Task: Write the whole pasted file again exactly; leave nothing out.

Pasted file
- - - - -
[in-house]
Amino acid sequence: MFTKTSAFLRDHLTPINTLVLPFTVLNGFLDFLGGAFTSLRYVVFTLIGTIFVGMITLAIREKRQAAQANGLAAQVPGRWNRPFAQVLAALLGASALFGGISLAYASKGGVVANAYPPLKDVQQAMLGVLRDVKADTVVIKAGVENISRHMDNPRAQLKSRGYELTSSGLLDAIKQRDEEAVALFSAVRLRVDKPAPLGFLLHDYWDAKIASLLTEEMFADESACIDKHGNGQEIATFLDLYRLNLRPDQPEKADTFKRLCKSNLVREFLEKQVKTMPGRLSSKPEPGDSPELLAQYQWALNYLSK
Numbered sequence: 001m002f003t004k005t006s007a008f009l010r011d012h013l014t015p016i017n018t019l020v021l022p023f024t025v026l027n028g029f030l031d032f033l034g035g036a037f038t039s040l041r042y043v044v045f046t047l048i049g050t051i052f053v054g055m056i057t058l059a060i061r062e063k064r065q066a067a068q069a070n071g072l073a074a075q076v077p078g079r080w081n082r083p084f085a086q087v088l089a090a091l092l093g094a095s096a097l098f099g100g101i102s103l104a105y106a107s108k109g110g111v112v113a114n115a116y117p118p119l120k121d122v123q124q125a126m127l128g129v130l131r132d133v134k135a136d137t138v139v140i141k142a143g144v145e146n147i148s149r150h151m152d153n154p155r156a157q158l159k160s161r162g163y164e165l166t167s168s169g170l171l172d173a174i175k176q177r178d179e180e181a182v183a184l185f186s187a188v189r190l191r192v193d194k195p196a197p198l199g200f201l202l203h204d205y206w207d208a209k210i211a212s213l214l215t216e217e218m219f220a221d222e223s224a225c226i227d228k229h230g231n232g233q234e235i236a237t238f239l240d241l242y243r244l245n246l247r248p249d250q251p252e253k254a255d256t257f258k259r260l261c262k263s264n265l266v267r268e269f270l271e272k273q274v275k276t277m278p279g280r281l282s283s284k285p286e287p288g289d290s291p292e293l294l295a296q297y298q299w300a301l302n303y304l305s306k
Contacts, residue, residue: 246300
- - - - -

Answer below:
[in-house]
Amino acid sequence: MFTKTSAFLRDHLTPINTLVLPFTVLNGFLDFLGGAFTSLRYVVFTLIGTIFVGMITLAIREKRQAAQANGLAAQVPGRWNRPFAQVLAALLGASALFGGISLAYASKGGVVANAYPPLKDVQQAMLGVLRDVKADTVVIKAGVENISRHMDNPRAQLKSRGYELTSSGLLDAIKQRDEEAVALFSAVRLRVDKPAPLGFLLHDYWDAKIASLLTEEMFADESACIDKHGNGQEIATFLDLYRLNLRPDQPEKADTFKRLCKSNLVREFLEKQVKTMPGRLSSKPEPGDSPELLAQYQWALNYLSK
Numbered sequence: 001m002f003t004k005t006s007a008f009l010r011d012h013l014t015p016i017n018t019l020v021l022p023f024t025v026l027n028g029f030l031d032f033l034g035g036a037f038t039s040l041r042y043v044v045f046t047l048i049g050t051i052f053v054g055m056i057t058l059a060i061r062e063k064r065q066a067a068q069a070n071g072l073a074a075q076v077p078g079r080w081n082r083p084f085a086q087v088l089a090a091l092l093g094a095s096a097l098f099g100g101i102s103l104a105y106a107s108k109g110g111v112v113a114n115a116y117p118p119l120k121d122v123q124q125a126m127l128g129v130l131r132d133v134k135a136d137t138v139v140i141k142a143g144v145e146n147i148s149r150h151m152d153n154p155r156a157q158l159k160s161r162g163y164e165l166t167s168s169g170l171l172d173a174i175k176q177r178d179e180e181a182v183a184l185f186s187a188v189r190l191r192v193d194k195p196a197p198l199g200f201l202l203h204d205y206w207d208a209k210i211a212s213l214l215t216e217e218m219f220a221d222e223s224a225c226i227d228k229h230g231n232g233q234e235i236a237t238f239l240d241l242y243r244l245n246l247r248p249d250q251p252e253k254a255d256t257f258k259r260l261c262k263s264n265l266v267r268e269f270l271e272k273q274v275k276t277m278p279g280r281l282s283s284k285p286e287p288g289d290s291p292e293l294l295a296q297y298q299w300a301l302n303y304l305s306k
Contacts, residue, residue: 246300